• ClojureCLR tries to new up ScriptCode in a few places.  ScriptCode is now an abstract class, so this causes compiler errors.  Changing ScriptCode to LegacyScriptCode seems to fix the problem.  (It probably isn’t the right solution, but it’s enough to get things up and running.)
  • If you try to use a .NET API call in the REPL, e.g. (Math/Pow 3 4), you get a runtime error of type ArgumentException complaining about a type error in the printToConsole method.  To work around this, go into Generator.cs (in the Compiler folder), find the Generate(object, bool) method, locate the if (addPrint) body, and add the line finalExpr = Expression.Convert(finalExpr, typeof(object)); at the top of the body of the if-statement.  Again, not sure if this is the right thing to do, but it gets the API calls working.

April 12, 2009 in Software | Permalink | Comments (9) | TrackBack

April 05, 2009

Things I did not know, number 8073

Plastic bowls can cause mouth acne in cats.

April 5, 2009 | Permalink | Comments (2) | TrackBack

April 03, 2009

Faster development through less crap

A couple of tips for .NET developers who get frustrated with how slow everything is.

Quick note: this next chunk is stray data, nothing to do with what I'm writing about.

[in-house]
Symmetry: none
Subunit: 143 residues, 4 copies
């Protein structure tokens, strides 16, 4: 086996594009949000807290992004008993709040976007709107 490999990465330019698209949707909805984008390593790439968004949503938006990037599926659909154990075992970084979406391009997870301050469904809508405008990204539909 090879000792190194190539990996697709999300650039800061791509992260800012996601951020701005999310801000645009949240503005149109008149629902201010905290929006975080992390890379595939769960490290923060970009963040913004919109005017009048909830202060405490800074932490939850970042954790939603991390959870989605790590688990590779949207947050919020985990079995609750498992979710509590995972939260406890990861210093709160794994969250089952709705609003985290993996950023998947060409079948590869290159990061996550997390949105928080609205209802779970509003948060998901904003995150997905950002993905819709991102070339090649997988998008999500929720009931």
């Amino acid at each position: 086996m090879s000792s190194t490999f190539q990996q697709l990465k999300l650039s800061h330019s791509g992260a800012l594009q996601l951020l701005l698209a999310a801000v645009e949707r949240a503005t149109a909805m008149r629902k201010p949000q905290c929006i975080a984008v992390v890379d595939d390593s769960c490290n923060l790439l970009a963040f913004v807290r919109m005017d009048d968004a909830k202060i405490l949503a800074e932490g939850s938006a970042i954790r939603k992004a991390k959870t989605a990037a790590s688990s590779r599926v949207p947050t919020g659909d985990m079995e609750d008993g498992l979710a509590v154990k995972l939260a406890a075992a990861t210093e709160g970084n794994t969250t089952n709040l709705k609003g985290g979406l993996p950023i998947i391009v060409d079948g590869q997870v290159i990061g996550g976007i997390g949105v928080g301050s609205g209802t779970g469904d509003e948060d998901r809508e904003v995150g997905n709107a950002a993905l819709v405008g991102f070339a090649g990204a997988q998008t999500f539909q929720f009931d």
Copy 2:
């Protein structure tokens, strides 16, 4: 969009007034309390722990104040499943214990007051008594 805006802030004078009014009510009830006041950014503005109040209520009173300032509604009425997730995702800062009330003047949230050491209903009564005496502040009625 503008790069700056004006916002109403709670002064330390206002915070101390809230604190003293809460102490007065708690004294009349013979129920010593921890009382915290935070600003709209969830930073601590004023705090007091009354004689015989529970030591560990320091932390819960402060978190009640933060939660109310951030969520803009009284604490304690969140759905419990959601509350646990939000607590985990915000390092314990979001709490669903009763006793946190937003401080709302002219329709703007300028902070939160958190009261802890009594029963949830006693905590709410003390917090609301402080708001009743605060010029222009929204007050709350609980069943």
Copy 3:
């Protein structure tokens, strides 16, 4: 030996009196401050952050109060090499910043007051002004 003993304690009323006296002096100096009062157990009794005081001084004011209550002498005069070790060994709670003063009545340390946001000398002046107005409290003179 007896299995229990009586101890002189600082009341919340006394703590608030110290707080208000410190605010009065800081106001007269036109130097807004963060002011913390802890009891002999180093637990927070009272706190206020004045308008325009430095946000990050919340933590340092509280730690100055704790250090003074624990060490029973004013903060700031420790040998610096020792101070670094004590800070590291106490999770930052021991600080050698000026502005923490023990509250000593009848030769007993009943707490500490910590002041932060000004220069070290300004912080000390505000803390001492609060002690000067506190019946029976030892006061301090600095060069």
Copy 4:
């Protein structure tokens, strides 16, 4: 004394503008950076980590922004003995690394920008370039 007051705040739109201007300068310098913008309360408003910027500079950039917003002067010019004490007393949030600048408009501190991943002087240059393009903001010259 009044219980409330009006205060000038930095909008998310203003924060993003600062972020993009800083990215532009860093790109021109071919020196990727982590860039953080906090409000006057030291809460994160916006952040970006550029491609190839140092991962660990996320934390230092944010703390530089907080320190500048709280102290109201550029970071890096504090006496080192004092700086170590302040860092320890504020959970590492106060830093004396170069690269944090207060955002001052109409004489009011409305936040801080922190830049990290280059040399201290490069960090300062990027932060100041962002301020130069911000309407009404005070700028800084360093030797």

Speeding up XAML editing

To get a much faster and more stable WPF XAML editing experience, right-click a XAML file and choose Open With > Source Code (Text) Editor > Set as Default.  This gets you the full XAML editor, with Intellisense, without bogging you down with the visual designer.  It is about a million times faster, even compared to the designer’s XAML-only view, especially when you have multiple XAML files open.  If you need an excuse to go get some coffee, do your shopping or take a three-month hiking tour of the Himalayas, you still open the visual designer using, wait for it, the View Designer command.  (Thanks to Fabrice Marguerie.)

Speeding up MSDN

To get MSDN online to come up quickly in the browser, switch to the low-bandwidth version.  You don’t get fancy resizing or buckets of graphics, but you get the content and you get it quick.  Click here to see what it’s like and choose “Persist low bandwidth view” if you like it – that way you get the fast view even when following a link to the slow version.  (Thanks to Craig Andera.)